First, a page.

'Raising awareness:' Prescription take back event encourages people to dispose of drugs responsibly

MILWAUKEE -- Addictive and lethal, opiods have ruined countless families nationwide. The powerful drugs have even taken the lives of users and children who accidentally got their hands on them. One group is offering a "Dose of Reality" in an effort to end it all.

A warm welcome for those who braved a cold day to help save lives in their own way, students at the Medical College of Wisconsin Pharmacy School reversed roles on Saturday.

Prescription drug take back event at Miller Park

Holly Schaack

"Usually, we are giving the drugs out," said Holly Schaack, a third-year pharmacy student at Medical College of Wisconsin. "Now, we are taking them back. In both ways, we try to do what is as safe as possible for our community."

The students were doing their part in helping fight the opiod epidemic as folks rolled through the lot at Miller Park, disposing of unwanted medications.

"Today is the day about raising awareness about the importance of doing that," said Attorney General Josh Kaul.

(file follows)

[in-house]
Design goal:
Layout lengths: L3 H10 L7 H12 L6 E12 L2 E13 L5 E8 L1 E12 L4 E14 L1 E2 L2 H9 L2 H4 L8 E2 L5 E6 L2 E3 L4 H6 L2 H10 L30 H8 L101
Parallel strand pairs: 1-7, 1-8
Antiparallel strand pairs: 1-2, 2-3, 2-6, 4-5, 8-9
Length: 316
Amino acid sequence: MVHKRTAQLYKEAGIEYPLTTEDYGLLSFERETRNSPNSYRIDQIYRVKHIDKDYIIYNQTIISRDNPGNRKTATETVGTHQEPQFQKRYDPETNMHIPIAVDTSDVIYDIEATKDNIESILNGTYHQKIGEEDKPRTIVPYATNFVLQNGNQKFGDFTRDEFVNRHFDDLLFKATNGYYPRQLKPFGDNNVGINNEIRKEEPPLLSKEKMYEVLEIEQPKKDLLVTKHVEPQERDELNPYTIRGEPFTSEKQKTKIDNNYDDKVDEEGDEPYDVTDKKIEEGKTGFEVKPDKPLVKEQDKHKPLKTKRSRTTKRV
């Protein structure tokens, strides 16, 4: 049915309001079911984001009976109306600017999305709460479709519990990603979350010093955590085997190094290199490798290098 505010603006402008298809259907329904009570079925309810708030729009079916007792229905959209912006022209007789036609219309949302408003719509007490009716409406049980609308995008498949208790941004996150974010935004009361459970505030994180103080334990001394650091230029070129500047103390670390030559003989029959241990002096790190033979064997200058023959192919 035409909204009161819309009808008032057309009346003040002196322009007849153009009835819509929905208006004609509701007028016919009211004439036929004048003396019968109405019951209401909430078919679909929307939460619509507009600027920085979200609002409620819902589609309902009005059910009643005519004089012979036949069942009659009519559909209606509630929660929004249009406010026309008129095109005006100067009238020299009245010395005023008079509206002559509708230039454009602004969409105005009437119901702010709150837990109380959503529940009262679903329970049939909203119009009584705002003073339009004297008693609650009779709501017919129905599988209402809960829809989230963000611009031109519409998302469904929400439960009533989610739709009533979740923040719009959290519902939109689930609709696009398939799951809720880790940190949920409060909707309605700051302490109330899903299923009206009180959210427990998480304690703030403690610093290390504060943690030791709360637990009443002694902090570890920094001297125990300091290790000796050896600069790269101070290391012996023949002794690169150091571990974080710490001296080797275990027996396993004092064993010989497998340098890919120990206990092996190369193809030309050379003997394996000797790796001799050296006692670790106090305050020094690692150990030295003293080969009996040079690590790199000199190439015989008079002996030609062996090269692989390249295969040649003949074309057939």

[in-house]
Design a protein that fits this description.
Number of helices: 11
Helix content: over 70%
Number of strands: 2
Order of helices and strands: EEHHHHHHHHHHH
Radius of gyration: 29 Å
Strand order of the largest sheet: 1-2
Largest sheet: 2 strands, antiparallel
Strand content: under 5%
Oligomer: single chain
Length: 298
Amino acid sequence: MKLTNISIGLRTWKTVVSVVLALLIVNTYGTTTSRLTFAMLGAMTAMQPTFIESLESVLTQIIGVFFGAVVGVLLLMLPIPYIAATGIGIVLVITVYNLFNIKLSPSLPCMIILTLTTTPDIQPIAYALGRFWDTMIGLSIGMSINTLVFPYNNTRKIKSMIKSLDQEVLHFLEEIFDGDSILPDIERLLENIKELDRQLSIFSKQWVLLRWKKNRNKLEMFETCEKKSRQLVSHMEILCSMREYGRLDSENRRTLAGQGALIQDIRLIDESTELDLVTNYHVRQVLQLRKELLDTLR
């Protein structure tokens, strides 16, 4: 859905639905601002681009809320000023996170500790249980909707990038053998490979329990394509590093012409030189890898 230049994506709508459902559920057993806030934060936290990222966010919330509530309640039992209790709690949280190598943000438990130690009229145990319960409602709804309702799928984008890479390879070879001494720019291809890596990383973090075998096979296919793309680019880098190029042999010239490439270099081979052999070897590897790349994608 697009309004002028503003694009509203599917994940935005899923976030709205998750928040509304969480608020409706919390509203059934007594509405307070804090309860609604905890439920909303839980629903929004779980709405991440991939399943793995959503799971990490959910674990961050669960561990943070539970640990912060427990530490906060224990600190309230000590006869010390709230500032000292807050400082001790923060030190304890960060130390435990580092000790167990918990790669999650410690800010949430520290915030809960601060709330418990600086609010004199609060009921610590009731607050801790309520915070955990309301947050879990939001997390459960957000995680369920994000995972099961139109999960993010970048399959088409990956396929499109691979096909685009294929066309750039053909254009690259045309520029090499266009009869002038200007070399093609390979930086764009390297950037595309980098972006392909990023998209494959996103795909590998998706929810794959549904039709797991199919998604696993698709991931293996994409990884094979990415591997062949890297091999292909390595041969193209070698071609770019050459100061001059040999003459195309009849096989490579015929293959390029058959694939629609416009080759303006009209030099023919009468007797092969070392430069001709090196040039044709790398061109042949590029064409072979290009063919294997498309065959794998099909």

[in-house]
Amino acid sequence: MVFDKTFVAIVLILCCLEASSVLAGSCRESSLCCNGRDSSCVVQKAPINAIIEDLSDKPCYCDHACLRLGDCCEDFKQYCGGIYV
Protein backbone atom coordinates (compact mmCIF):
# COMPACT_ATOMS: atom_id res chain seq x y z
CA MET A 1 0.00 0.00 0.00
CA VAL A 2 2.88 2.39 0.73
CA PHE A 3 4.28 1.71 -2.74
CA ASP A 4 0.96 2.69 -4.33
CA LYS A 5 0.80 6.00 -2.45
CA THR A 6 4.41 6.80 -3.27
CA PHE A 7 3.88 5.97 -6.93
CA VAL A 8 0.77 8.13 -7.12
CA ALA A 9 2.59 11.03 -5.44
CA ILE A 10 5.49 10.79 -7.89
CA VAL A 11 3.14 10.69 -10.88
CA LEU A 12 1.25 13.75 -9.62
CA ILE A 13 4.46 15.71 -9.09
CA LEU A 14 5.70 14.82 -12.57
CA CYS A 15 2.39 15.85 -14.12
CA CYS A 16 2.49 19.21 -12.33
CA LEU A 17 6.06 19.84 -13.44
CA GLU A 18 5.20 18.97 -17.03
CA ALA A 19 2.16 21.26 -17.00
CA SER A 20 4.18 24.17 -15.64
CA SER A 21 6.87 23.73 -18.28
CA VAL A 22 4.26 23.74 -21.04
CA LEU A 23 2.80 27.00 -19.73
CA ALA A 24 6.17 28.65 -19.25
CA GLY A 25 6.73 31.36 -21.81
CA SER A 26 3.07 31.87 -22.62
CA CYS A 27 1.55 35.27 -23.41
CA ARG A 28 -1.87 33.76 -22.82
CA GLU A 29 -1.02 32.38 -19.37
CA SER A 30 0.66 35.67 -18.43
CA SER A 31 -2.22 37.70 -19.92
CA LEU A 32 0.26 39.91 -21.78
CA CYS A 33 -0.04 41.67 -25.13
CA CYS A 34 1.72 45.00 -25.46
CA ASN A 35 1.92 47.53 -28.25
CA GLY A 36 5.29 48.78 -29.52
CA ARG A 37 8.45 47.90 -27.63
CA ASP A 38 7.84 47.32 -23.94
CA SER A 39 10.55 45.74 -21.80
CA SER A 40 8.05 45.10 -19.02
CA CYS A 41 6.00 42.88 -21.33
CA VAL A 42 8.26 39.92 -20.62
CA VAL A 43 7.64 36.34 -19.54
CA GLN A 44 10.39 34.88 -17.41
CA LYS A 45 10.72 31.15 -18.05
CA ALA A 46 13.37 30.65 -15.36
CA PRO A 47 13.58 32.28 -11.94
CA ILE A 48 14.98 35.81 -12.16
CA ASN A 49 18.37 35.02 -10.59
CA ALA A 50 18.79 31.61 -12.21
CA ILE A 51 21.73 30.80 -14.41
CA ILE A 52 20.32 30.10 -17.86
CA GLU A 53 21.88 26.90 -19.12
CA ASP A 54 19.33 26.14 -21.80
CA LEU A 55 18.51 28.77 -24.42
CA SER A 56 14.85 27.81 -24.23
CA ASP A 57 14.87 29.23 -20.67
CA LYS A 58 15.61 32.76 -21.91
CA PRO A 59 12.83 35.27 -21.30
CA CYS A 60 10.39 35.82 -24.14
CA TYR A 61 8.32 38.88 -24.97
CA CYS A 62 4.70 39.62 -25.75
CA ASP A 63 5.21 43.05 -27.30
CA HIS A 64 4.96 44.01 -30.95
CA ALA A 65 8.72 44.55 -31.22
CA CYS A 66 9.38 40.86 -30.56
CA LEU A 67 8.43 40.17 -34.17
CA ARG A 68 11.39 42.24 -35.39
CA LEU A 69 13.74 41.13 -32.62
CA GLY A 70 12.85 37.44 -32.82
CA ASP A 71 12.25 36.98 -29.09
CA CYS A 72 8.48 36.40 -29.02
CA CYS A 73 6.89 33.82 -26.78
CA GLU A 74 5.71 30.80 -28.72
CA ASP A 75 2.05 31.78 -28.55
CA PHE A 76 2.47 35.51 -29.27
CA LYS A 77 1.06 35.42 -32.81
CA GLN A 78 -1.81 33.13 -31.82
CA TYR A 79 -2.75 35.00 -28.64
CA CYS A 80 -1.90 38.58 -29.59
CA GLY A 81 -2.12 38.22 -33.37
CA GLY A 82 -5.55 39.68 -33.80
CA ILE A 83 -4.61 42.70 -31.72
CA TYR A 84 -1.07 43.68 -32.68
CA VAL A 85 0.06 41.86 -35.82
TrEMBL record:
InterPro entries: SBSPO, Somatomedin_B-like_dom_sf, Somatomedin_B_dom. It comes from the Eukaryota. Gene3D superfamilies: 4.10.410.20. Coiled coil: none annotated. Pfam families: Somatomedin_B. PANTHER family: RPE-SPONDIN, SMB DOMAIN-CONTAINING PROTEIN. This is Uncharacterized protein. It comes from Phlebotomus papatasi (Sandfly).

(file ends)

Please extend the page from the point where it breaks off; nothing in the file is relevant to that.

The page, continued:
Kaul also hit the road to support the event, saying this simple step can aid in a complex problem.

Prescription drug take back event at Miller Park

Attorney General Josh Kaul

"This requires a multifaceted, broad-based effort," said Kaul.

This public safety and public health issue is affecting thousands of Wisconsinites.

"It has such a devastating impact on families of loved ones who get trapped in the cycle of addiction," said Asst. Chief Steve Caballero of the Milwaukee Police Department. He's grateful the public is stepping up.

"Wisconsin, across the state, is one of the top states when you factor in drug take back," said Caballero.

Prescription drug take back event at Miller Park

Asst. Chief Steve Caballero

Last fall, 68,000 pounds of drugs were collected -- setting a record since the events started in May of 2015. So far, nearly 470,000 pounds have been collected overall.

"The medications collected will be incinerated -- so they can't be used improperly," said Kaul.

They won't get into the wrong hands -- even accidentally.

"The good news here is, I think we have seen a reduction in the prescription of opioids in Wisconsin," said Kaul. "We need to keep making progress in that direction."

If you weren't able to make it to the drop-off event, don't worry -- the efforts are continuous. A list of the drugs you can dispose of -- with instructions on how and where to dispose of them -- can be viewed HERE.